The carotid sinus nerve is known to convey baroreceptive fibers from the carotid sinus. Despite studies on the baroreflex pathway and the course and communications of the carotid sinus nerve with the surrounding nervous and vascular structures, there have been scant reports on variations in the origin of the carotid sinus nerve (CSN). We identified an unusual origin of the CSN. On the right side of a cadaveric specimen, the CSN was found to arise from two small rami extending from the external laryngeal nerve. Such a case can help better understand various pathways used to monitor the carotid sinus. Additionally, surgeries that manipulate the superior laryngeal nerve could possibly injure a variant carotid sinus nerve, as seen in the present case.
The carotid body is often found on the posterior wall of the carotid artery at the level of its bifurcation, usually at C4 . The carotid sinus is a small dilatation  in the common carotid artery, most commonly at the origin of the internal carotid, but infrequently at the end of the common carotid or the beginning of the external carotid artery [2-3]. The carotid body and sinus are a chemoreceptor and a baroreceptor, respectively . The carotid sinus nerve (CSN), a contribution to the so-called intercarotid plexus (not to be confused with the internal carotid plexus, which is a sympathetic-only plexus), is the primary innervation of the carotid sinus. The carotid body and sinus are innervated by the intercarotid plexus, which is found within the carotid triangle [2,4]. The intercarotid plexus is made up of contributions from cranial nerves (CN IX and CN X) and the cervical sympathetic trunk—with rare hypoglossal nerve contribution. Medially, the intercarotid plexus can be connected to the pharyngeal plexus . The CSN typically originates from the glossopharyngeal nerve, which relays baroreceptive information to the nucleus tractus solitarius [1,3]. Herein, we describe an unusual origin of the CSN and review the literature regarding other possible sources of this branch to the carotid sinus.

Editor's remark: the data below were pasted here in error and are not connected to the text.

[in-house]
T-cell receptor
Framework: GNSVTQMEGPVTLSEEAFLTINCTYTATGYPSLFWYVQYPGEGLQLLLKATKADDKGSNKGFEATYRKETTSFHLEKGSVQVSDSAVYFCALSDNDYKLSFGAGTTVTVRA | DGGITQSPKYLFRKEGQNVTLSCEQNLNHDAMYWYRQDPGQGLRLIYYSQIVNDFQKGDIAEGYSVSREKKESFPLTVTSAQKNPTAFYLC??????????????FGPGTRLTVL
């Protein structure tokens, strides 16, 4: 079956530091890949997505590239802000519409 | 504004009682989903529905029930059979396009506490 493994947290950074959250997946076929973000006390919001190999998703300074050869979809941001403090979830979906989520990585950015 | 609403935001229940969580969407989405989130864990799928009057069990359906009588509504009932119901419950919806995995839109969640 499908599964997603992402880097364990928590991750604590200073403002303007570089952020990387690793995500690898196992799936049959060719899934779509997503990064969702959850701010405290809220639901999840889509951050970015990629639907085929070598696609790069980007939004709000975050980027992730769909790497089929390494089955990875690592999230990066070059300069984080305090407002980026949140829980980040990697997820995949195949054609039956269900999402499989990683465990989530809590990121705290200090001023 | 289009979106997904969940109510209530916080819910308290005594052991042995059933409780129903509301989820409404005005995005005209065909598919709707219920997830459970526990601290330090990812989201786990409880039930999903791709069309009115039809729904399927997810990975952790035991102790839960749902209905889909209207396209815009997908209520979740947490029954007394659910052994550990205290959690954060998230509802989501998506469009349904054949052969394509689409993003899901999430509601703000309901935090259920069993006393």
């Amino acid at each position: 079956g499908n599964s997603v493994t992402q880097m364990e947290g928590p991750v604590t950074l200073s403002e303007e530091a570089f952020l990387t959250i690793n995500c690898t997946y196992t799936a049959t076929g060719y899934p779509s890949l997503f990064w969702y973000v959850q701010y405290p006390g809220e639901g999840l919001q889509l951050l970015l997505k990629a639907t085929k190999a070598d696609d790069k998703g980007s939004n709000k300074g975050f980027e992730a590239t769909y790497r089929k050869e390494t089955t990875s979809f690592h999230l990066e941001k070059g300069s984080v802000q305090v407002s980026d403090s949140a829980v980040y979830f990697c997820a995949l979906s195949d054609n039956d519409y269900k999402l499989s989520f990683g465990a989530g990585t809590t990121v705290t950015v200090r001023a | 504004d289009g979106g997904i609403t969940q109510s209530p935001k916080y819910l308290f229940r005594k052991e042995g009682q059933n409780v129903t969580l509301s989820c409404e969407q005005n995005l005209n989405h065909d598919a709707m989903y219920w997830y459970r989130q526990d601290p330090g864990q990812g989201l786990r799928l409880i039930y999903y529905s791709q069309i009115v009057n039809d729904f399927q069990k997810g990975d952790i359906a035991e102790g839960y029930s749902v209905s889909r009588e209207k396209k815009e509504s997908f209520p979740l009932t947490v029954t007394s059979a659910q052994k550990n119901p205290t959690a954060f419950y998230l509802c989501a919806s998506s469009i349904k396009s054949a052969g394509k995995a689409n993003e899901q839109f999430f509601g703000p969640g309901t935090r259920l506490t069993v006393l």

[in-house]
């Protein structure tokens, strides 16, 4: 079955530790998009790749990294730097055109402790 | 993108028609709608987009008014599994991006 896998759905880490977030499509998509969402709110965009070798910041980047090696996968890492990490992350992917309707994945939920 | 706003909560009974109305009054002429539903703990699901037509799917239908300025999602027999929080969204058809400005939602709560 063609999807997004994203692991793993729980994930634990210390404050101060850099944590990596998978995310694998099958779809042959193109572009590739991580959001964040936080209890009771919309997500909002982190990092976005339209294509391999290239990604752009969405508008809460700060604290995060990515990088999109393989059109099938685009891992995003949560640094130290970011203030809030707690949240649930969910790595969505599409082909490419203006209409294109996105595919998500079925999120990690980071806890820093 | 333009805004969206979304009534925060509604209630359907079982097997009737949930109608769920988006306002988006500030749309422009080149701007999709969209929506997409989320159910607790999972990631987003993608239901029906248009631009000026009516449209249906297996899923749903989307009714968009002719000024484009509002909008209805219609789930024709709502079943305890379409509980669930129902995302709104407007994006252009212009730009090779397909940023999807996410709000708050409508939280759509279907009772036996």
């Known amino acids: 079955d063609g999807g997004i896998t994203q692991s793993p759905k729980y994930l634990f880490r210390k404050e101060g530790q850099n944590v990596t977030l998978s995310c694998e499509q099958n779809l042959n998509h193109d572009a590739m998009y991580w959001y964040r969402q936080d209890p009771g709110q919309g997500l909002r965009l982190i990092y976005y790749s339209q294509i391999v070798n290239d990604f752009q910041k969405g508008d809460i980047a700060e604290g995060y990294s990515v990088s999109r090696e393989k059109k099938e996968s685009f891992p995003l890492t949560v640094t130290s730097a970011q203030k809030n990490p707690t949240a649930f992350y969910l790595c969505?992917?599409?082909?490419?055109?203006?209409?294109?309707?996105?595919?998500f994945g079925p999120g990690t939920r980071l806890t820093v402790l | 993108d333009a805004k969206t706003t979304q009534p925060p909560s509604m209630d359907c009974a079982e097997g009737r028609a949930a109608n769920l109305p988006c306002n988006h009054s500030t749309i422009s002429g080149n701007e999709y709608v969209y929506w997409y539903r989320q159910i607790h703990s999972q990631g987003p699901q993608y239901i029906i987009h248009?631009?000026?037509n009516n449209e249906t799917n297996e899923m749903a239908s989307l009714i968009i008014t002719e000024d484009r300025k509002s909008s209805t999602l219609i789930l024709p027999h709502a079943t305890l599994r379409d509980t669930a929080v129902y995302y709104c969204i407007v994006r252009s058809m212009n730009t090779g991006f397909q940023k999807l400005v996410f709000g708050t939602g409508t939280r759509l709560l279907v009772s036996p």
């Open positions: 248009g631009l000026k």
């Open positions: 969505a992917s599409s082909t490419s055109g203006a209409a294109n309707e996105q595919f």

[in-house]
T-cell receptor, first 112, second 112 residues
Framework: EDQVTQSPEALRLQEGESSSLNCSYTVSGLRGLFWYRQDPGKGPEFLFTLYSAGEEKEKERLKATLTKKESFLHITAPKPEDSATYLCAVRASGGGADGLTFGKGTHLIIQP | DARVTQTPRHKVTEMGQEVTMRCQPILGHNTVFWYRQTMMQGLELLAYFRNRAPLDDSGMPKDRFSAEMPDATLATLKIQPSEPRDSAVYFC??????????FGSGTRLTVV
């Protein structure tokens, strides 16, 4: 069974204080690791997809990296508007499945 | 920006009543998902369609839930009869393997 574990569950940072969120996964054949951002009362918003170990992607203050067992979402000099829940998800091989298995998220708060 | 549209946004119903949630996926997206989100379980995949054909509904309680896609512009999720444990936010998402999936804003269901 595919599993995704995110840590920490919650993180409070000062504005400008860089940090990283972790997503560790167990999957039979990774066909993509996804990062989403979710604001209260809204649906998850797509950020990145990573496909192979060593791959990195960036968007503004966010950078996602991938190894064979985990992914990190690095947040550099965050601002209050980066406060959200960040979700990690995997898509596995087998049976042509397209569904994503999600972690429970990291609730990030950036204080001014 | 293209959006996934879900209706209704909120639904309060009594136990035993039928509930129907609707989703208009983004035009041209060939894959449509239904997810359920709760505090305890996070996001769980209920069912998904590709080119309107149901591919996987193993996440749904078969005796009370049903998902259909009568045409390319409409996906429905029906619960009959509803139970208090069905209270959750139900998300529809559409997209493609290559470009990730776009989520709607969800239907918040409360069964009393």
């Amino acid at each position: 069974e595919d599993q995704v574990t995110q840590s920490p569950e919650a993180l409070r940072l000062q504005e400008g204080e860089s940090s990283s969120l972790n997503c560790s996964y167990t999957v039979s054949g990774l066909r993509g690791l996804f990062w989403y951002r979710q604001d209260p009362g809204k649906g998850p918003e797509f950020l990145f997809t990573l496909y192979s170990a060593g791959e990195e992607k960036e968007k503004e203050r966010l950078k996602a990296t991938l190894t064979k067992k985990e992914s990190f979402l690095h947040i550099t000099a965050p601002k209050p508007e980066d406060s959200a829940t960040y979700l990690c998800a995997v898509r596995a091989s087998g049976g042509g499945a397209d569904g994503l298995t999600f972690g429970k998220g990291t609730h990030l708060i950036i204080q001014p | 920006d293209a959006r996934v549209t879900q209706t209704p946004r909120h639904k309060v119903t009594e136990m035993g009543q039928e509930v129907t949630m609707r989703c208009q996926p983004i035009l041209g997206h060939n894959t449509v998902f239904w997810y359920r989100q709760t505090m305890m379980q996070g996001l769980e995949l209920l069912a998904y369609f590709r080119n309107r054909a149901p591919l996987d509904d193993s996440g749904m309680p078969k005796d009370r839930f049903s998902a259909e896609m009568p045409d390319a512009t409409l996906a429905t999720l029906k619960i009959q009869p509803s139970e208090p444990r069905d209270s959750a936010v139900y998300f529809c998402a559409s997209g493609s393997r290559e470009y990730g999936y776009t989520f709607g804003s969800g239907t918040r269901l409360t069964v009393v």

During the routine dissection of the neck in an embalmed Caucasian female cadaver, an unusual origin of the CSN was identified. This specimen was 82-years-old at death and had undergone latex injection of the vessels of the head and neck via cannulation of the common carotid artery and internal jugular vein. The specimen was hemisected in the sagittal plane. From a medial to lateral dissection, the common carotid artery was identified and specifically the carotid sinus. Next, regional nerves were dissected, including the superior laryngeal nerve and its branches, the internal and external laryngeal nerves. On the right side, the external laryngeal branch of the superior laryngeal nerve was found to give rise to the CSN via two small rami (Figures 1-2). The external laryngeal nerve then continued in a normal fashion, medial to the superior thyroid artery, and innervated the cricothyroid and inferior pharyngeal constrictor muscles. No other anatomical variations were noted in this region.